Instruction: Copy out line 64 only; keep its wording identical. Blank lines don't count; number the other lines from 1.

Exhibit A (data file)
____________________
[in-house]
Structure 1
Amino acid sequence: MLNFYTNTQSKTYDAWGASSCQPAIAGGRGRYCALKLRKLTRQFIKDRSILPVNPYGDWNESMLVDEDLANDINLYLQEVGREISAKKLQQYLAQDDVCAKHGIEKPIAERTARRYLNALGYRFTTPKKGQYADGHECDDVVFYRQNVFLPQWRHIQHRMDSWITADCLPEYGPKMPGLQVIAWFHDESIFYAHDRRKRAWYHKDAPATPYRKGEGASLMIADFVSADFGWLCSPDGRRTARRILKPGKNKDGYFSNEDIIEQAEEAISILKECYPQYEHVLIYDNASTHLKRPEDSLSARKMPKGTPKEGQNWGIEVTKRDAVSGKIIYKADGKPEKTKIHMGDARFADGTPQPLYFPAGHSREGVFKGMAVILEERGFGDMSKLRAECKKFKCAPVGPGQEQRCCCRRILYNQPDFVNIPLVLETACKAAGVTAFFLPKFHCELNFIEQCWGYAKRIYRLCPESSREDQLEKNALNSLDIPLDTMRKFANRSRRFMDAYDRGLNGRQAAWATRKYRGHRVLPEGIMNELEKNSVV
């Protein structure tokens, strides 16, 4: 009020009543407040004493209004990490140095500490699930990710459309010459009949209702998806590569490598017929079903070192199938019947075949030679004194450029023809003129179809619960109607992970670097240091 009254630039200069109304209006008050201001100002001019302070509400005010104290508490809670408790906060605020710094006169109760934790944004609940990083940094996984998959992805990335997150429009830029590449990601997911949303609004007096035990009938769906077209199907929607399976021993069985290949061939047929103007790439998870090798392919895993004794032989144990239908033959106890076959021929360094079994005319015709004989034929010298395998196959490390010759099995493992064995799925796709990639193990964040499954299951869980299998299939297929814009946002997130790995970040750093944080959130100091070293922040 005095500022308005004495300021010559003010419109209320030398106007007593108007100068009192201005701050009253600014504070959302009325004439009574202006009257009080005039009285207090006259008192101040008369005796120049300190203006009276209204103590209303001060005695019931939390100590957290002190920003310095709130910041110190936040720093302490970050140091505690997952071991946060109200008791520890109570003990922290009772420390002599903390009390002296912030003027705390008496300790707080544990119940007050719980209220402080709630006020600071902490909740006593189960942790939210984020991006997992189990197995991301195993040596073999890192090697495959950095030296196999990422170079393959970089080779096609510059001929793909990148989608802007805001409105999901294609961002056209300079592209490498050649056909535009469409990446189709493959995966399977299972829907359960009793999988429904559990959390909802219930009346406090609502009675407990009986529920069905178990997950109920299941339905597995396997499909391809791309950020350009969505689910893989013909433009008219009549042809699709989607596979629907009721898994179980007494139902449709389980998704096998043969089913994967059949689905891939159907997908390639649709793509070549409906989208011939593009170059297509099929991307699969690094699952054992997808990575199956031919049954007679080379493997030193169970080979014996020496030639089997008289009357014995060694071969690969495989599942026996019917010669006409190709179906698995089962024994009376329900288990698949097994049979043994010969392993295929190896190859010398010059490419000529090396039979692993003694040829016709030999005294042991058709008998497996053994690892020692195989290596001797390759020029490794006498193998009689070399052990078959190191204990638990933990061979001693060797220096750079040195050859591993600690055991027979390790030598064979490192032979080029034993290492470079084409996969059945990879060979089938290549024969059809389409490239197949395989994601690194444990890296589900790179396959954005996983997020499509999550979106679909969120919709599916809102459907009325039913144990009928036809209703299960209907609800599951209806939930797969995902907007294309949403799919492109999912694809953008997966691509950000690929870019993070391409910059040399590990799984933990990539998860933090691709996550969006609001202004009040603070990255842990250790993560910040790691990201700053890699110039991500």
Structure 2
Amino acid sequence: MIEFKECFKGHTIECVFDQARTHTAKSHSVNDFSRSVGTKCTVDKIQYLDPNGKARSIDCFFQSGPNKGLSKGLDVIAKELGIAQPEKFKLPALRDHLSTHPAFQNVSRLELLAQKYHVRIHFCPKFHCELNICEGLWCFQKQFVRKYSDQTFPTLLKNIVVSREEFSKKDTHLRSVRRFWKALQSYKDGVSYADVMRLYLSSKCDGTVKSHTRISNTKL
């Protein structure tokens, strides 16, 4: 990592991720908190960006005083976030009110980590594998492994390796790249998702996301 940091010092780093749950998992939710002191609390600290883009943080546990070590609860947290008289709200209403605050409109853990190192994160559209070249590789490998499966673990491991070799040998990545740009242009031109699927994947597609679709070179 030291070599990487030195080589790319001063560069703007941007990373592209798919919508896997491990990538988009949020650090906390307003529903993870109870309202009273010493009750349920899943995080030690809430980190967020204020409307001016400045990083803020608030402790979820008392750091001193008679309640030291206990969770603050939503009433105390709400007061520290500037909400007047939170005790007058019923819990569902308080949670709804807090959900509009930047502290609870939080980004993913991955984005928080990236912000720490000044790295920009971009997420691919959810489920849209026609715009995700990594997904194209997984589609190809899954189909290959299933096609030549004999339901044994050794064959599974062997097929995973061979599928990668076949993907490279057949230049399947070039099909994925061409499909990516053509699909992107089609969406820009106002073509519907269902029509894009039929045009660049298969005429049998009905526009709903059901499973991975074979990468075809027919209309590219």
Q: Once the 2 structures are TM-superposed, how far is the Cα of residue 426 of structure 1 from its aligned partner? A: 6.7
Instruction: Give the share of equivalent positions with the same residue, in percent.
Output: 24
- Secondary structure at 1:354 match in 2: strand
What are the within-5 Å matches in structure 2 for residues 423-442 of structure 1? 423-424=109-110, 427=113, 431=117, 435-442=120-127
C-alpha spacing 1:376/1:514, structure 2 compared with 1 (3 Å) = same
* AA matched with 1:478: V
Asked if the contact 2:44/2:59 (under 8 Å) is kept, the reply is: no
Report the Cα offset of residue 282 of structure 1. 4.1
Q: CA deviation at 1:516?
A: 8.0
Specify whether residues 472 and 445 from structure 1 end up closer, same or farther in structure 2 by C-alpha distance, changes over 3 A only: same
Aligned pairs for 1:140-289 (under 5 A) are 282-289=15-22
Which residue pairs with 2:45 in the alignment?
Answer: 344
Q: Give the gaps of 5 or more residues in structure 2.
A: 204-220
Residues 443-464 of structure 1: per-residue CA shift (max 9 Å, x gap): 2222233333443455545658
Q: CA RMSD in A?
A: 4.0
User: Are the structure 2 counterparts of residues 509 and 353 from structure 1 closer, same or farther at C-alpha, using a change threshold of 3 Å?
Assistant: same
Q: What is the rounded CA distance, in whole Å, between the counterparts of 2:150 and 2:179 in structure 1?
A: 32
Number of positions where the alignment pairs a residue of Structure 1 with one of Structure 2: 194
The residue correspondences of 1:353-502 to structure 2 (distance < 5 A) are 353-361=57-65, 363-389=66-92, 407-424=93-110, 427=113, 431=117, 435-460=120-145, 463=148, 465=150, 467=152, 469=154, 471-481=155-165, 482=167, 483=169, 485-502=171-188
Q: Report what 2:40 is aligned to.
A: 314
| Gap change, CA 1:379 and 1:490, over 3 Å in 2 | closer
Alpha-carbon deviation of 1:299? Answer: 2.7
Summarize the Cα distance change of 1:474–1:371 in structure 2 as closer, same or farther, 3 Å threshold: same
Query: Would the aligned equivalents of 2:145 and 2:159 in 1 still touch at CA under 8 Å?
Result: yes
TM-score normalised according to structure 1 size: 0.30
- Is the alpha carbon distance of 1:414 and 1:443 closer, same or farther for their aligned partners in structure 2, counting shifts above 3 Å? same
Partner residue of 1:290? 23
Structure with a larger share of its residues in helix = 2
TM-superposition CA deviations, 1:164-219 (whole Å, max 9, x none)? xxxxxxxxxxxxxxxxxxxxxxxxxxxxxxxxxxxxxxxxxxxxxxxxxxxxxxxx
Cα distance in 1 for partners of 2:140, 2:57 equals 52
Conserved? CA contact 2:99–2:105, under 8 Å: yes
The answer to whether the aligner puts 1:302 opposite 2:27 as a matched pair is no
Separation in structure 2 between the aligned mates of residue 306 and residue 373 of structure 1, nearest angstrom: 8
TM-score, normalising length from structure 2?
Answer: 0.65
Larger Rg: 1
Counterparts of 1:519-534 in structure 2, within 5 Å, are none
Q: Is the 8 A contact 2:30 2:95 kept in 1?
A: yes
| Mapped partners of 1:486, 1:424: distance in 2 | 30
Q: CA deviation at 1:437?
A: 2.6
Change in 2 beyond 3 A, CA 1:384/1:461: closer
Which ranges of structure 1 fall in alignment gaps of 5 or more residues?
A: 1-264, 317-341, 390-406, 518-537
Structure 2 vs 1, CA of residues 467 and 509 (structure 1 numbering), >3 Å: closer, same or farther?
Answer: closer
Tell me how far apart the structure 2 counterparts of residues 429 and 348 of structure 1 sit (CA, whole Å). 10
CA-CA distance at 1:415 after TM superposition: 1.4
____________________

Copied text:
Tell me how far apart the structure 2 counterparts of residues 429 and 348 of structure 1 sit (CA, whole Å). 10